We are headed for a recession. The question is — are we headed for a bear market with a 50%+ decline, or is 30% the lowest we’re going to get?
The markets may be considerably lower sometime in the coming months, but for many stocks, we’re already looking at prices that are already 20–30% off their all-time highs. We should buy when we find good value, and for many companies, they’re sitting at good value right now.
Most people are loss-averse and are afraid of entering the market now for the risk of losing money. My argument is that the risk of missing an opportunity here is greater. The COVID-19 crisis has created many market opportunities. This may not be the best time to invest, but it should be a good time to invest, which is fine, because it may be impossible to find the best time.
All great investments begin in discomfort. The best time to buy generally comes when nobody else will.
The goal should be to make a large number of good buys, not just a few perfect ones.
Luckily, the market decline has affected all stocks, meaning there is a real opportunity to drive alpha by picking the right ones.
Here are the long positions that I’ve been entering and will continue to buy over the coming months.
- Cruise Lines (Royal Caribbean, Carnival, Norwegian Cruise Lines) — The risk-reward payout here is huge if you’re right about them returning to normal (+300%). According to CruiseCompete.com, bookings for 2021 are up 40% compared to 2019. People who have taken cruises in the past want to take advantage of low prices on cruises in the future. There’s a chance that cruises go under, but if you invest in all 3 of these, you can still make money if two go bankrupt and one of them survives (due to the huge payout on reversion to 2019 levels). The biggest risk here is the (potential) second wave of COVID-19 that will elongate liquidity needs for these companies.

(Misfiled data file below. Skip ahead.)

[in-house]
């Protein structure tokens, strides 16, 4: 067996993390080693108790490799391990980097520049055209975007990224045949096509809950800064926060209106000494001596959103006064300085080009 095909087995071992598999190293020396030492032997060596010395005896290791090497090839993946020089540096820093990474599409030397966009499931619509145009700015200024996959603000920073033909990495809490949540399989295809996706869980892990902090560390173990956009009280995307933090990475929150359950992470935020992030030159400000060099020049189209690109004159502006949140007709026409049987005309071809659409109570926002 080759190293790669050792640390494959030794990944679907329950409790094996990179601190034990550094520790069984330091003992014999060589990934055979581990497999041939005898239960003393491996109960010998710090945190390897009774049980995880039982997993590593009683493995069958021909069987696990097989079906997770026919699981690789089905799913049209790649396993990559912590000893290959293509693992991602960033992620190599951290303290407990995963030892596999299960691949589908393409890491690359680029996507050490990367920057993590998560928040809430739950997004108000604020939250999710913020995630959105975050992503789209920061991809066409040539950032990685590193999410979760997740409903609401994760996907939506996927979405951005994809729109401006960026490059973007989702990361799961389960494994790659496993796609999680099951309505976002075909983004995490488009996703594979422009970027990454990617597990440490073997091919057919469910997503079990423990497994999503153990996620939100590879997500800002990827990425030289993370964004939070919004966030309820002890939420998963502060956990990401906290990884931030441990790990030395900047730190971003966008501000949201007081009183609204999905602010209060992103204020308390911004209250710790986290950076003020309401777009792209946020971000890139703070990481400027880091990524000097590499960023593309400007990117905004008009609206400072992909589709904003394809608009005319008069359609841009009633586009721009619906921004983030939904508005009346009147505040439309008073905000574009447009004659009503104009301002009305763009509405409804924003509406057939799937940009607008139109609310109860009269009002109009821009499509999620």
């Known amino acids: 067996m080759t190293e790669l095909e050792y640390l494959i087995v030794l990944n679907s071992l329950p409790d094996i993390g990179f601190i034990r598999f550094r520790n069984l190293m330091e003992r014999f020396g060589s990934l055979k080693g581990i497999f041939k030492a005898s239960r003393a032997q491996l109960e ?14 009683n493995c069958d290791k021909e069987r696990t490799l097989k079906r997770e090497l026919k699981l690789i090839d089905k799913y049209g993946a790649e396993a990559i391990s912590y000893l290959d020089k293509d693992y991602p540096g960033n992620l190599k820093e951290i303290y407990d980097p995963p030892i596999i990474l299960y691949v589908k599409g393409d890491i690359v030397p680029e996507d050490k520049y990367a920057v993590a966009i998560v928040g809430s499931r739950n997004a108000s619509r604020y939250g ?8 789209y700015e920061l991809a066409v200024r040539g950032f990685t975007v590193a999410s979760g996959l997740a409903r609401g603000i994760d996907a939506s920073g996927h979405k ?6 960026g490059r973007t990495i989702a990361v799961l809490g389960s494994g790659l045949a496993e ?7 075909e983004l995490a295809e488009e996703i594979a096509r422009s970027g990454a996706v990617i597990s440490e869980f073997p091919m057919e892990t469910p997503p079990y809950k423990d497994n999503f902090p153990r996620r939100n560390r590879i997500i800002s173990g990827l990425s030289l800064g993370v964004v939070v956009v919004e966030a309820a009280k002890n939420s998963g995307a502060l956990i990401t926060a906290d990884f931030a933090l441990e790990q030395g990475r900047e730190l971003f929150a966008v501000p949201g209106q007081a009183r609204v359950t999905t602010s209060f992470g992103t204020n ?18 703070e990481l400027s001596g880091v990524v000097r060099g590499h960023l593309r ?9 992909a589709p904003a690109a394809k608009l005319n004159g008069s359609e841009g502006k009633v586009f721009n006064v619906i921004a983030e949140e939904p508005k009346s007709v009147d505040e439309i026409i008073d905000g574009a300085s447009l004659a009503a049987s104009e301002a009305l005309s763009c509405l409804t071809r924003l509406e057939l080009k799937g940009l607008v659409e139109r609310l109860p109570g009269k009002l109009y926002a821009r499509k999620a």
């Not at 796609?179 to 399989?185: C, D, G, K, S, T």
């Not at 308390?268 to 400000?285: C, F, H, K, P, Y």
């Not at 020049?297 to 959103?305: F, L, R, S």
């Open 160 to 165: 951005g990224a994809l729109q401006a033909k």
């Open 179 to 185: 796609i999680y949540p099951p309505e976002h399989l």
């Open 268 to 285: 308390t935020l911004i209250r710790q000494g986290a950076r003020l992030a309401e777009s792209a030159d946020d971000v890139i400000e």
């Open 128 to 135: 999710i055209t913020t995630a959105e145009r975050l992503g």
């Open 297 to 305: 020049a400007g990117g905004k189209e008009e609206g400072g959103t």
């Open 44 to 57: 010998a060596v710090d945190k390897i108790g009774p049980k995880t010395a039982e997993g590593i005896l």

- Major Hotel Chains (Marriott, Hilton) — Like cruise lines, the risk-reward payout here is large. Once the first wave of COVID-19 passes in the United States, business travel will revert to normal, and eventually, personal travel will as well.
- Cloud Computing Companies (Amazon, Microsoft) — Both Amazon and Microsoft should benefit from huge tailwinds in cloud computing. Microsoft has also reported capacity issues during the current month of remote work, which may indicate that they’re getting more demand than before. If more companies shift to remote work, Amazon and Microsoft could be big beneficiaries here. Additionally, Microsoft Teams (their video conferencing / collaboration platform) will likely benefit a lot from tailwinds in remote work.
- Facebook —Compared to other technology companies, Facebook is trading at a more significant discount relative to its peers. They are likely to lose a lot of ad revenue this year, which is what is probably driving the decline in their stock price. However, the company owns WhatsApp and Instagram, which are both experiencing exploding user growth. Oculus, VR, and Facebook gaming could also provide some good upside here, but I wouldn’t count on it.
- Behavioral-Shift, Technology Companies — Due to the COVID-19 crisis, some technologies have been pushed further along the S-curve of adoption. These include eCommerce companies (Wayfair, Amazon, Sea Limited), online dating companies (Match Group), gaming companies (Sea Limited), work communication companies (Slack) and at-home entertainment companies (Netflix)
Other ideas I’ve been exploring include:
- Airlines (United, Delta)
- Online Travel Agencies (Booking.com, Expedia)
- Other COVID-19 Impacted Companies (LiveNation)